When people think of medieval history, they might think of legends about saints (see Great Lessons from "Bad" History, page 22) or entries such as these from the Annals of St. Gall:

710. Hard year and deficient in crops.
712. Great flood.
714. Pippin, Mayor of Palace, died.
718. Charles Martel devastated Saxony with great destruction.

Contrast those sparse lines with this passage from medieval chronicler Ordericus Vitalis:

"When [William the Conqueror's son] Robert heard about this he was terrified. Seeing disasters all around him, he was brought low and forced to beg for mercy from the unconquered king [Henry I]. The stern king, however, remembering all the wrongs Robert had committed, resolved to hunt him down with a huge army, and press the attack until he recognized that he was beaten and submitted entirely to the king's judgment.
"Robert, driven to despair by his wretched fate, took the advice of friends and went out to meet the king as he approached the town, confessed his treason, and handed over the keys of the town to the conqueror. The king confiscated Robert's whole honor [royally granted lands] as well as the estates of the vassals who had stood by him in his rebellion, but allowed him to leave unharmed with his horses and arms, and granted him a safe-conduct through England to the sea-coast.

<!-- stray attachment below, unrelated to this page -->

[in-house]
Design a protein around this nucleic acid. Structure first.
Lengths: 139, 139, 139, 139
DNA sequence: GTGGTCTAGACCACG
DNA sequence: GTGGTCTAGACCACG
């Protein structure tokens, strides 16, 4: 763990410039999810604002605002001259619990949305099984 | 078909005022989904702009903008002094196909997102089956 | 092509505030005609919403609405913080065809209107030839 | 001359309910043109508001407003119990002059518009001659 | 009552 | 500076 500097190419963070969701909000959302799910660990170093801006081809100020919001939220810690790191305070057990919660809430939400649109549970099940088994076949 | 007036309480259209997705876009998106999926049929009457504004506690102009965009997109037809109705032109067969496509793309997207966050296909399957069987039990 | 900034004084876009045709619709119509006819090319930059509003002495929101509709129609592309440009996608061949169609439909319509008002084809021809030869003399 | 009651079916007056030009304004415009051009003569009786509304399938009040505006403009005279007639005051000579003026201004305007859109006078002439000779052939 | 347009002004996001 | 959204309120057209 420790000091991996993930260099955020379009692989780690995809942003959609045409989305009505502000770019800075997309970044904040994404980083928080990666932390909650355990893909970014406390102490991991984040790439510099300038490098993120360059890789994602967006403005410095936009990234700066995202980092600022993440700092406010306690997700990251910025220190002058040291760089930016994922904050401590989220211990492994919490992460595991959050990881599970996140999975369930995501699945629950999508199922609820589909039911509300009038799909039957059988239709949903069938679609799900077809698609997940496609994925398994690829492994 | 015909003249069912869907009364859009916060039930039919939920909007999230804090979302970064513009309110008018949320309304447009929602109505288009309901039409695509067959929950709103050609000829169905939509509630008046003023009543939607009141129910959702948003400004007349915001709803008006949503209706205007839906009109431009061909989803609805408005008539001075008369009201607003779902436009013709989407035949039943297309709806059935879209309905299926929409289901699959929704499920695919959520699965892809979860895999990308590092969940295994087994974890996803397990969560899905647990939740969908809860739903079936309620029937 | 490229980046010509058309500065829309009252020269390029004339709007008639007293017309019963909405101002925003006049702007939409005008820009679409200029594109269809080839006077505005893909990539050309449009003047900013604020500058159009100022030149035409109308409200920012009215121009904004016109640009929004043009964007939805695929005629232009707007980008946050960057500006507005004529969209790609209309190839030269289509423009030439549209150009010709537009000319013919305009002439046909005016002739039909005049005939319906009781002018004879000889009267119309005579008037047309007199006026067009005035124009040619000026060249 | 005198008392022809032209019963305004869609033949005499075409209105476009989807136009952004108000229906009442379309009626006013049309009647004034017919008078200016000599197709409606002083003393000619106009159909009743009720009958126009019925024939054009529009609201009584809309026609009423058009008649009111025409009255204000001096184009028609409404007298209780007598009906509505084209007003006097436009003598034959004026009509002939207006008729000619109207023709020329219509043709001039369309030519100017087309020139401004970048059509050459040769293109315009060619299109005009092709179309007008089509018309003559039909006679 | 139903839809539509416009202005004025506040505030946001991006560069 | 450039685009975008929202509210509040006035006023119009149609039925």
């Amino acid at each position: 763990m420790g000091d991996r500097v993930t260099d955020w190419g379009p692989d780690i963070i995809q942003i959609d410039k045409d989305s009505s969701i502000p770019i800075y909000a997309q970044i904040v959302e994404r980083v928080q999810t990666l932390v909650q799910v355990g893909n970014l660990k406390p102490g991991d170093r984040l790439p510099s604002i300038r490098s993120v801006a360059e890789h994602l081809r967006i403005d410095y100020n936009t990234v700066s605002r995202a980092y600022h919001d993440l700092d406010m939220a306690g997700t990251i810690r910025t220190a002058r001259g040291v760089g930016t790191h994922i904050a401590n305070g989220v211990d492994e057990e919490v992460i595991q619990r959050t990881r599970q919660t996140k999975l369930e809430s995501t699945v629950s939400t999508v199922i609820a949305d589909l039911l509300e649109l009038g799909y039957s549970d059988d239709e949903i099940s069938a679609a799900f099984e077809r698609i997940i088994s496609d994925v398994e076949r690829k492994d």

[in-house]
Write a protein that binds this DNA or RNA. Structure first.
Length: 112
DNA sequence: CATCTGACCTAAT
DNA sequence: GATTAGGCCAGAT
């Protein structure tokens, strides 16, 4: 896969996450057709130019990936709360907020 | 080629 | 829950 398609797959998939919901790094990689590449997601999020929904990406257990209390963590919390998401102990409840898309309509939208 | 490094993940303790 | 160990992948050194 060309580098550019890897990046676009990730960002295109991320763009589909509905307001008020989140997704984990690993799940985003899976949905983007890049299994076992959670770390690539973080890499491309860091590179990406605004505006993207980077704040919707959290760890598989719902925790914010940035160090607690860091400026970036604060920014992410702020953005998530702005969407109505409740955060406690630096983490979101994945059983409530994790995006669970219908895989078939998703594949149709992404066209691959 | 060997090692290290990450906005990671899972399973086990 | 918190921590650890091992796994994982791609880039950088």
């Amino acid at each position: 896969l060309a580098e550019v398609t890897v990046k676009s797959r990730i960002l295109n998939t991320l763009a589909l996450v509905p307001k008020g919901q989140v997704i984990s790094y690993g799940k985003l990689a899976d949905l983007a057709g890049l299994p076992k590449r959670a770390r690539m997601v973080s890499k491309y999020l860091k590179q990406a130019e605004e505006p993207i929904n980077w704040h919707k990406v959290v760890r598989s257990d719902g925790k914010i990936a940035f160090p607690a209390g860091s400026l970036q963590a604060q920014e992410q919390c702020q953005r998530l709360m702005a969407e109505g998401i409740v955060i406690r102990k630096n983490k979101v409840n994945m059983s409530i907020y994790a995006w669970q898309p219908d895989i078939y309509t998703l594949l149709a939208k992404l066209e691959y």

"All England rejoiced as the cruel tyrant went into exile, and many, fawning on the king, congratulated him saying, 'Rejoice, King Henry, give thanks to the Lord God, for you have begun to rule freely now that you have conquered Robert of Bellême and driven him out of your kingdom.'"

Medieval chronicles drew upon several sets of annals, plus oral traditions, to compose a comprehensive account. Many chronicles even begin with ...

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